The CF 5.0 specification combines the old 28-bit addressing with 48-bit addressing, which not only increases the capacity limit, but also allows data to be moved in larger and fewer chunks to theoretically achieve better throughput. In addition, the spec … Read more
Lexar said Tuesday it's increased the capacity of its midrange professional CompactFlash memory cards with a 300X transfer speed to 32GB.
Lexar, which competes chiefly with Sandisk for the attentions of photographers who need both high capacity and high transfer speeds, has been fleshing out its CF cards that can transfer data faster by virtue of the UDMA (Ultra Direct Memory Access) interface technology. Lexar already announced in October a 32GB card and a transfer speed of 600X (90MBps), but the 300X (45MBps) card should do fine for those who don't need quite that data transfer speed.
Lexar … Read more
Mainstream servers are growing increasingly brawny with multicore processors and tremendous memory capacity, but researchers at Carnegie Mellon University and Intel Labs Pittsburgh think 98-pound weaklings of the computing world might be better suited for many of the jobs on the Internet today.
In short, the researchers believe some work can be managed with lower expense and lower power consumption using a cluster of servers built with lower-end processors and flash memory than with a general-purpose server. And these days, with green technology in vogue and power costs no longer an afterthought, efficient computing is a big deal.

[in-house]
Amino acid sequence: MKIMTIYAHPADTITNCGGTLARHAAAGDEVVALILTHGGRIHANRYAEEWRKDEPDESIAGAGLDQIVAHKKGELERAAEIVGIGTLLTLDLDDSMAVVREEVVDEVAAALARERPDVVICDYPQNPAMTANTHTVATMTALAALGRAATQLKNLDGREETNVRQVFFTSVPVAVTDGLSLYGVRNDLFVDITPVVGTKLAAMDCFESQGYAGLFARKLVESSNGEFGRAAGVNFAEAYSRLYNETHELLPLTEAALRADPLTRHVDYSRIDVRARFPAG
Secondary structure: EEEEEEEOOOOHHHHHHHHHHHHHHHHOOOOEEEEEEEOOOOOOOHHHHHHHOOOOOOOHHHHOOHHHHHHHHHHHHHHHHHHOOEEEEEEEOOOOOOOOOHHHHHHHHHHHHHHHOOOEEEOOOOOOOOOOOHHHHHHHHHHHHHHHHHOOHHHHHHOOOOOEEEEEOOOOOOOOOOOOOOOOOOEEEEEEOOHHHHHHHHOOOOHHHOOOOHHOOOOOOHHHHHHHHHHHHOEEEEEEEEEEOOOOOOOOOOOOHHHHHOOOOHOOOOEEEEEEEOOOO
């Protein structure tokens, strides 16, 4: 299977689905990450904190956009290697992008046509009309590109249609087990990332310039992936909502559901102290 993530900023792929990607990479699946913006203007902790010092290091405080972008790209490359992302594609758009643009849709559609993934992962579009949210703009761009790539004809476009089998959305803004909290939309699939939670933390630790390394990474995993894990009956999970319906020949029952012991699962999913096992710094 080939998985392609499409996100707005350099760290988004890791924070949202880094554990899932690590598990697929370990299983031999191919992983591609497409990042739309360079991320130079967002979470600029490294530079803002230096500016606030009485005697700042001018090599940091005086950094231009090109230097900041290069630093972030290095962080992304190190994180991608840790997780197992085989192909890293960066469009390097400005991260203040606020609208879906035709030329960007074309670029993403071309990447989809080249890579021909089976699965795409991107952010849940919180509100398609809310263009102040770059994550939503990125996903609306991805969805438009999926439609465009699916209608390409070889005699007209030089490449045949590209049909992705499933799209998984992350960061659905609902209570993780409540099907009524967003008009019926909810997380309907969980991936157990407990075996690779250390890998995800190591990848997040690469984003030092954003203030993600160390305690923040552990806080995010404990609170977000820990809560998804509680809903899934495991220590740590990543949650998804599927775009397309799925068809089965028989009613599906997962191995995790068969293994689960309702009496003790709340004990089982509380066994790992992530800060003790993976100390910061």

"We were looking at efficiency at sub-maximum load. We realized the same techniques could serve high loads more efficiently as well," said David Andersen, the Carnegie Mellon assistant professor of computer science who helped lead the project. … Read more
Despite its being out of vogue at the moment, I'm still a big believer in the faster-is-better philosophy. That said, I also recognize that it's not always worth the extra cost for some people, and that not everyone can or will always take advantage of it. So that's why I always take announcements about new, high-performance media cards, like SanDisk's 90 megabyte-per-second Extreme Pro line (along with Transcend's similar 600X CF), with a grain of salt. And after running some casual tests on the new card, I've concluded that for now, even only a … Read more
The new SDXC specification for faster, higher-capacity flash cards emerged in January, and Toshiba now promises the cards themselves will begin arriving about a year afterward.
Toshiba said Monday it expects to be the first to bring SDXC cards to market, with testing samples of a 64GB version shipping in November and the real thing shipping in the spring of 2010. Those dates will be key moments in what doubtless will be a gradual transition away from the prevailing SDHC standard.
SDXC backers promise higher capacities and data transfer speeds for SDXC, which is important for devices such as video … Read more
Admittedly, CompactFlash cards are no longer as popular as they were when digital photography first started. These days, most digicams use SD/SDHC media, while mobile phones mainly accept the physically smaller microSD format for storing data.
This is why I'm puzzled as to the reason PhotoFast has conceived the CR-7200, a CompactFlash card adapter capable of holding four microSD cards and combining their storage space. Given that the maximum a microSD card can now hold is 16GB, the CR-7200's capacity would be capped at 64GB.